St Albans MP Daisy Cooper condemns government for fuel crisis

Petrol pumps have run dry after days of panic buying.

Prime Minister Boris Johnson is said to be considering whether to call in the army to deliver fuel to petrol stations after pumps ran dry after days of panic buying. - Credit: AP Photo/Jon Super

As queues of cars continue to snake away from petrol stations across the district, St Albans MP Daisy Cooper has condemned the government for its failure to tackle the HGV driver shortage.

Neighbouring MP and transport secretary, Welwyn Hatfield's Grant Shapps, has blamed the fuel crisis on motorists and hauliers, despite his own government admitting to a shortage of lorry drivers.

Daisy Cooper has hit back at Whitehall's response to the ongoing situation: “People in St Albans are angry and frustrated at this latest national crisis, which has left many people - including health and social care staff, key workers and people with vulnerable family members - anxiously scouting the area to find fuel for their cars.  

"The government has known about this issue for weeks but has done nothing except stick its head in the sand.

"Three weeks ago, as soon as Parliament returned from the summer recess, I called on the government to establish an industry-wide support scheme to urgently increase the rate of driver training and recruitment, to compensate small and medium-sized haulage firms for the costs involved with border checks and delays with our EU neighbours and to add HGV drivers to the UK Shortage Occupation list to attract overseas labour to the UK.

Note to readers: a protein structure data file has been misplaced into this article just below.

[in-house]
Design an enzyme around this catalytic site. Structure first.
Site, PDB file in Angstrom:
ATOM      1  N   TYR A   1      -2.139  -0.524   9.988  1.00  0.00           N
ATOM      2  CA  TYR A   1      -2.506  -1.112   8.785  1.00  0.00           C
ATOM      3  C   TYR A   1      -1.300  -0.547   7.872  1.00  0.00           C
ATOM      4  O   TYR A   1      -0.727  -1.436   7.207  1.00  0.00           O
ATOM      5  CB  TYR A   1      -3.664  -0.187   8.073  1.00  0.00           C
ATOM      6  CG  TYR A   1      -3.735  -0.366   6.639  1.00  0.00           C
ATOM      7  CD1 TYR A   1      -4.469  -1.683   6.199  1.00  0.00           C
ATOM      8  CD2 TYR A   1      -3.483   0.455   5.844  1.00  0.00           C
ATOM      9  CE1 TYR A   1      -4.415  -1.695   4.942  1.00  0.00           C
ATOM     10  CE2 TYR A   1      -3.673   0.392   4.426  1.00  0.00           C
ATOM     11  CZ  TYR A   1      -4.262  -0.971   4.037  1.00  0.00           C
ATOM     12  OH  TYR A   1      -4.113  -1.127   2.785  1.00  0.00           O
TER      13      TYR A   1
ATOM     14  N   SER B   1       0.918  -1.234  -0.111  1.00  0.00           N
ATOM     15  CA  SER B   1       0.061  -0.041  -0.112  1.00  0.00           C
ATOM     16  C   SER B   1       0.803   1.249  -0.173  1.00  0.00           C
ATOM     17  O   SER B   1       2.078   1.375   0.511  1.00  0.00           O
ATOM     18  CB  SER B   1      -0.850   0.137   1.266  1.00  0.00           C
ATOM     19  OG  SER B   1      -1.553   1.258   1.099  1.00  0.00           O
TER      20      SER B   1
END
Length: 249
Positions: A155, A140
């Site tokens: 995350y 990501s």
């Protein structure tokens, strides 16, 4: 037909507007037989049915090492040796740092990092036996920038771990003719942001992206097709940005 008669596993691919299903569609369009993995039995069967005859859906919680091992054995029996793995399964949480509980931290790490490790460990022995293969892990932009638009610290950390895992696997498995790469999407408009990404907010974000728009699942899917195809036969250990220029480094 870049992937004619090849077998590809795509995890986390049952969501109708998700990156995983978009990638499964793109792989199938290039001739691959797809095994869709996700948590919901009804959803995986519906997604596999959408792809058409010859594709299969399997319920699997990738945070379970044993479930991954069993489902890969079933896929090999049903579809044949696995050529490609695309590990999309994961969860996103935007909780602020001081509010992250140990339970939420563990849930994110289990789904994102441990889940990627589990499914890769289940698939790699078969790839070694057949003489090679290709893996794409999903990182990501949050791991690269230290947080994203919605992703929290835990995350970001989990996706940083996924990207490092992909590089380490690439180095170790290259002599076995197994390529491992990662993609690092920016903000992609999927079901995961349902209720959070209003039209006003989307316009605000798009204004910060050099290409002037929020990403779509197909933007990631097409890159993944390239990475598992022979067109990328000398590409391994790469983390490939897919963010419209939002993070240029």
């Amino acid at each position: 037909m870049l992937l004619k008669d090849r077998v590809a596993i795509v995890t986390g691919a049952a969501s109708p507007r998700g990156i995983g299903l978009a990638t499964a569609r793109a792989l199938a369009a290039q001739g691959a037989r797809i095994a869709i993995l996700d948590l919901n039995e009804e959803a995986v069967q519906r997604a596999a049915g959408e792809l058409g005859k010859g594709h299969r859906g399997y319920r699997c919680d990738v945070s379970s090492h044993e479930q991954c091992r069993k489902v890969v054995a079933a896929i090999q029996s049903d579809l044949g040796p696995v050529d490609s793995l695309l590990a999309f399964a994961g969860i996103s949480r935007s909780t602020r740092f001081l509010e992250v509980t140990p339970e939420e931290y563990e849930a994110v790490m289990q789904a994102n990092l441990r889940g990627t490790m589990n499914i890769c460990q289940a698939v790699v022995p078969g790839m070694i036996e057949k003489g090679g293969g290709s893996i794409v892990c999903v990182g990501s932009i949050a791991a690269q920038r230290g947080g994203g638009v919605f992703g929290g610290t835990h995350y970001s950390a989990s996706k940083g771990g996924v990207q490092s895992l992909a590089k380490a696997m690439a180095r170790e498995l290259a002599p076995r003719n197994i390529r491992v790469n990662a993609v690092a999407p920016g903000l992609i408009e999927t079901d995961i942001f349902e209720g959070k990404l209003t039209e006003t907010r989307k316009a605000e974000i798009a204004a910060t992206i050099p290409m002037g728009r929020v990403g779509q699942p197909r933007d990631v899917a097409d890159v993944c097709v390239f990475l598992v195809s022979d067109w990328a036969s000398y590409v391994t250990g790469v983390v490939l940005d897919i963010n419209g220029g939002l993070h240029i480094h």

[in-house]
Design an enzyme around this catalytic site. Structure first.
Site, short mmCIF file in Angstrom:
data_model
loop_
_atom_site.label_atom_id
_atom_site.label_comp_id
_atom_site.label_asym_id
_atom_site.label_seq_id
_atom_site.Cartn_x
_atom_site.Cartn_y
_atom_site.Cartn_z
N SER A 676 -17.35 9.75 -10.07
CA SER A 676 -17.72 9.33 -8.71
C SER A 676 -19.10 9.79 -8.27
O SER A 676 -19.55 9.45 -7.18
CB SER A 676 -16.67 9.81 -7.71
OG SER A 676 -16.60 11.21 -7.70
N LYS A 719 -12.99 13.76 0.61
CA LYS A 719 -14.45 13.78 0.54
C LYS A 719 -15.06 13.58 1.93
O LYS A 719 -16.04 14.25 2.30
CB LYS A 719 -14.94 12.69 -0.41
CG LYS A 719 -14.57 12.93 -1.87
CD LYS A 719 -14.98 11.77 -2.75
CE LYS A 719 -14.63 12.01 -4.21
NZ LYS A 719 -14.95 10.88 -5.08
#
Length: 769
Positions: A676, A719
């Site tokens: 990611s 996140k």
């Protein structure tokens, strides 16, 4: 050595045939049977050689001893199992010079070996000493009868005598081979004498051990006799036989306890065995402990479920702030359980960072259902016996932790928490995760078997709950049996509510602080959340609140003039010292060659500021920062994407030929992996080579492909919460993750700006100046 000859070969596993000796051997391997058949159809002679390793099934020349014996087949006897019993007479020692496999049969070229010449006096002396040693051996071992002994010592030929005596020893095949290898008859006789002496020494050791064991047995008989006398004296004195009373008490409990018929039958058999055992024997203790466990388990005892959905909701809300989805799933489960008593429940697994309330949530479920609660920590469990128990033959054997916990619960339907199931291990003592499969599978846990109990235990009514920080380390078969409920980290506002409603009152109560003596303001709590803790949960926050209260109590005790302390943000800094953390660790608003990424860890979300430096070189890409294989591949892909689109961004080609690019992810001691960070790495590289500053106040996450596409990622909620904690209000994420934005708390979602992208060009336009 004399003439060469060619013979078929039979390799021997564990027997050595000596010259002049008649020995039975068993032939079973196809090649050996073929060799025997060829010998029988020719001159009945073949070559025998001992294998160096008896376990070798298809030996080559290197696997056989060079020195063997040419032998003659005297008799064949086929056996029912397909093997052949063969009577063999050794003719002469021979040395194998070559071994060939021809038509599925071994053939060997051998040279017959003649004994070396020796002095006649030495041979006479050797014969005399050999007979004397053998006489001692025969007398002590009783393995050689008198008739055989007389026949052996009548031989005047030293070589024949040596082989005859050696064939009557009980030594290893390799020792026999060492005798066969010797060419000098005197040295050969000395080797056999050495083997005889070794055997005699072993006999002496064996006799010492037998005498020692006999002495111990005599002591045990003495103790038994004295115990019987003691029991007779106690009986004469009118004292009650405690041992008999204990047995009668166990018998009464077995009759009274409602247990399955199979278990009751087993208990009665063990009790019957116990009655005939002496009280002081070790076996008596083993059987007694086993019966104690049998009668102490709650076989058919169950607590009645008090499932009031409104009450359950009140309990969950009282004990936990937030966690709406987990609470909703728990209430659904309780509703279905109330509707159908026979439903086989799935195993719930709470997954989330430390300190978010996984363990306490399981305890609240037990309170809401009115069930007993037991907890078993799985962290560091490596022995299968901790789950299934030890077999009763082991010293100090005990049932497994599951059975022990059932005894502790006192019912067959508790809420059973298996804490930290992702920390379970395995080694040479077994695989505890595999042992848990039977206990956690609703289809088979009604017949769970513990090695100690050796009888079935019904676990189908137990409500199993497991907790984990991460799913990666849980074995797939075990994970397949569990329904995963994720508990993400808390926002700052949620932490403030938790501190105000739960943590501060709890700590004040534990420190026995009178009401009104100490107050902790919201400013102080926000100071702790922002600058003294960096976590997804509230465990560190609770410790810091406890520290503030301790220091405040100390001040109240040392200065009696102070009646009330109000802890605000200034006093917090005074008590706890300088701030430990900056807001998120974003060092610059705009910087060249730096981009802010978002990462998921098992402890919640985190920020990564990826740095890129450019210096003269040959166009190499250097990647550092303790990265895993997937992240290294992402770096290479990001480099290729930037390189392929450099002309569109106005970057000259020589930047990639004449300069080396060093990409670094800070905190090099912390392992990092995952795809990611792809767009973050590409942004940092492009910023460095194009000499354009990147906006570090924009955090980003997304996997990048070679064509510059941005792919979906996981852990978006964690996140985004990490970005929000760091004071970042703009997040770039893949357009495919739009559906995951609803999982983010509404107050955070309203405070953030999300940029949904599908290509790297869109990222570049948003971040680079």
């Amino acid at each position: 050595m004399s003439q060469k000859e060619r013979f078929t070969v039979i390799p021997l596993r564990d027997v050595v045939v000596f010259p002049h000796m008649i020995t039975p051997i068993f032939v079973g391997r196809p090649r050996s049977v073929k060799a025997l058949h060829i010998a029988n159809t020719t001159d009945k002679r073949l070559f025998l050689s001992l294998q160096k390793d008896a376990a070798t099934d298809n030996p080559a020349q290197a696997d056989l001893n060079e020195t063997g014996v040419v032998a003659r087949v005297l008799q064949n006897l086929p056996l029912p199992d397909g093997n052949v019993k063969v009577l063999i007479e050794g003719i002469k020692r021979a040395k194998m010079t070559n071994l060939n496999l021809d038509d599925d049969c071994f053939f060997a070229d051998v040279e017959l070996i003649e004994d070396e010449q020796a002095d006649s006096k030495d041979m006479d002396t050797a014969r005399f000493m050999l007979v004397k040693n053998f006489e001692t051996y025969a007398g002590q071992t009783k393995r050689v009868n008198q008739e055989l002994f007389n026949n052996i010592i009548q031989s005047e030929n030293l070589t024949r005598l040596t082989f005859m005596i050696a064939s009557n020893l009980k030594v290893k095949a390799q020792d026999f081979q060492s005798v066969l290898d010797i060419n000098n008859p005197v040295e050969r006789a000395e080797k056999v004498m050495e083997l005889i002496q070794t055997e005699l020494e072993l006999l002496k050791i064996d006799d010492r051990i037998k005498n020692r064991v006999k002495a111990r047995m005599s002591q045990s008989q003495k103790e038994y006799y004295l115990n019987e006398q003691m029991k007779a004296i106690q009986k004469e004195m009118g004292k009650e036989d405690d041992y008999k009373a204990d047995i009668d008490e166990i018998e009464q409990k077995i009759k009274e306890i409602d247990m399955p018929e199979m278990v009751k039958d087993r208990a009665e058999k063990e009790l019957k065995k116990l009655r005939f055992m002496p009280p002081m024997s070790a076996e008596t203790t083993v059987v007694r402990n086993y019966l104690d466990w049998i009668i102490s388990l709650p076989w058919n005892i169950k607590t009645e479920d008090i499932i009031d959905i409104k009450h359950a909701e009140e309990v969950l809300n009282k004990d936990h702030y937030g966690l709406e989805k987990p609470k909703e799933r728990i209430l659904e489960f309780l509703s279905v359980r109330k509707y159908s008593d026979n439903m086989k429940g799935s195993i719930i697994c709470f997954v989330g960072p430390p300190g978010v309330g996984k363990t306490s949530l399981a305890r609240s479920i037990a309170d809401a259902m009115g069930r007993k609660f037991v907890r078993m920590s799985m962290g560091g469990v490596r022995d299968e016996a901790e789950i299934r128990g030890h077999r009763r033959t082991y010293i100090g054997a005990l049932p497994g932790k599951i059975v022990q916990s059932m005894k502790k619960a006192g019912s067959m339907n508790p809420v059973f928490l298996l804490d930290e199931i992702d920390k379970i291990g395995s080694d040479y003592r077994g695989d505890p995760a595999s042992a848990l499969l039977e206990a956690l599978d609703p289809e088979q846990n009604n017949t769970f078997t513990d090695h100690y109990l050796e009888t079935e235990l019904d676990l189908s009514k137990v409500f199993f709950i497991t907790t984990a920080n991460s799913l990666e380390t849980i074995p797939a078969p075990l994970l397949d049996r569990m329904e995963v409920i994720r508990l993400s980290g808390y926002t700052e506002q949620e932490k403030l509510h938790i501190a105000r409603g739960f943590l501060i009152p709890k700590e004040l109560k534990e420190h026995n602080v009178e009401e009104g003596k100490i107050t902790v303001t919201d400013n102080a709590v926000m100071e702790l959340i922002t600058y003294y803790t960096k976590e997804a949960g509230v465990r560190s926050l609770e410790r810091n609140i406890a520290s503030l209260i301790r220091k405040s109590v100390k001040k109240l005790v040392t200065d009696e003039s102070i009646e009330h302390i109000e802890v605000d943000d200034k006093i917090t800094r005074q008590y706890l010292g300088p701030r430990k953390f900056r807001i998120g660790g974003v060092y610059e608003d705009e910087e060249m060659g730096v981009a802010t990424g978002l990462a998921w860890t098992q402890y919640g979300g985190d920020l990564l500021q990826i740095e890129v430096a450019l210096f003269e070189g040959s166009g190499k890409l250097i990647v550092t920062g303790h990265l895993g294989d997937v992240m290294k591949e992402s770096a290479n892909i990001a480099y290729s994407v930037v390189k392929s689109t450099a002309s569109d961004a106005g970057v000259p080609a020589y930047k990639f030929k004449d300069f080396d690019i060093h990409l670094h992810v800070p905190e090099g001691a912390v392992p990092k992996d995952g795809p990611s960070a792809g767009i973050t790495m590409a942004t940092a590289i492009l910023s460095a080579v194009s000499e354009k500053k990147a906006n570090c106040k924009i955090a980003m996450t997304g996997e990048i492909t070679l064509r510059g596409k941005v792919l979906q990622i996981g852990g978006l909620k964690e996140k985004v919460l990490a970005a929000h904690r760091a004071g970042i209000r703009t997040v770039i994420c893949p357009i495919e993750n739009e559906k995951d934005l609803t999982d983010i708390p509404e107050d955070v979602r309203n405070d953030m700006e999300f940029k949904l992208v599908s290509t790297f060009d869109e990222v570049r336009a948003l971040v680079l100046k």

"That same day, I also asked the transport secretary Grant Shapps whether he would grant urgent visas for HGV drivers - something which industry bosses had been calling for all summer. 

“But despite numerous prompts from myself, other MPs and from industry, government ministers refused to listen, denied there was a problem, and now has the cheek to blame the public and industry for its own shameful failure to plan. 

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"Industry bosses are clear that Brexit has triggered a desperate shortage of lorry drivers, and that this has been made worse by the government's catastrophic handling of COVID and the numerous lockdowns, as well as the government's incompetence and plain failure to plan ahead.

"Industry is now also warning that the government's decision to offer temporary visas to foreign lorry drivers is simply too little, too late. 

"The government must do whatever it takes to tackle the lorry driver shortage, whether that's encouraging former drivers to return, recruiting qualified drivers from abroad, increasing tests for new drivers, or even plugging the gap with any qualified army drivers if necessary. In short, the government must get a grip before the situation gets any worse."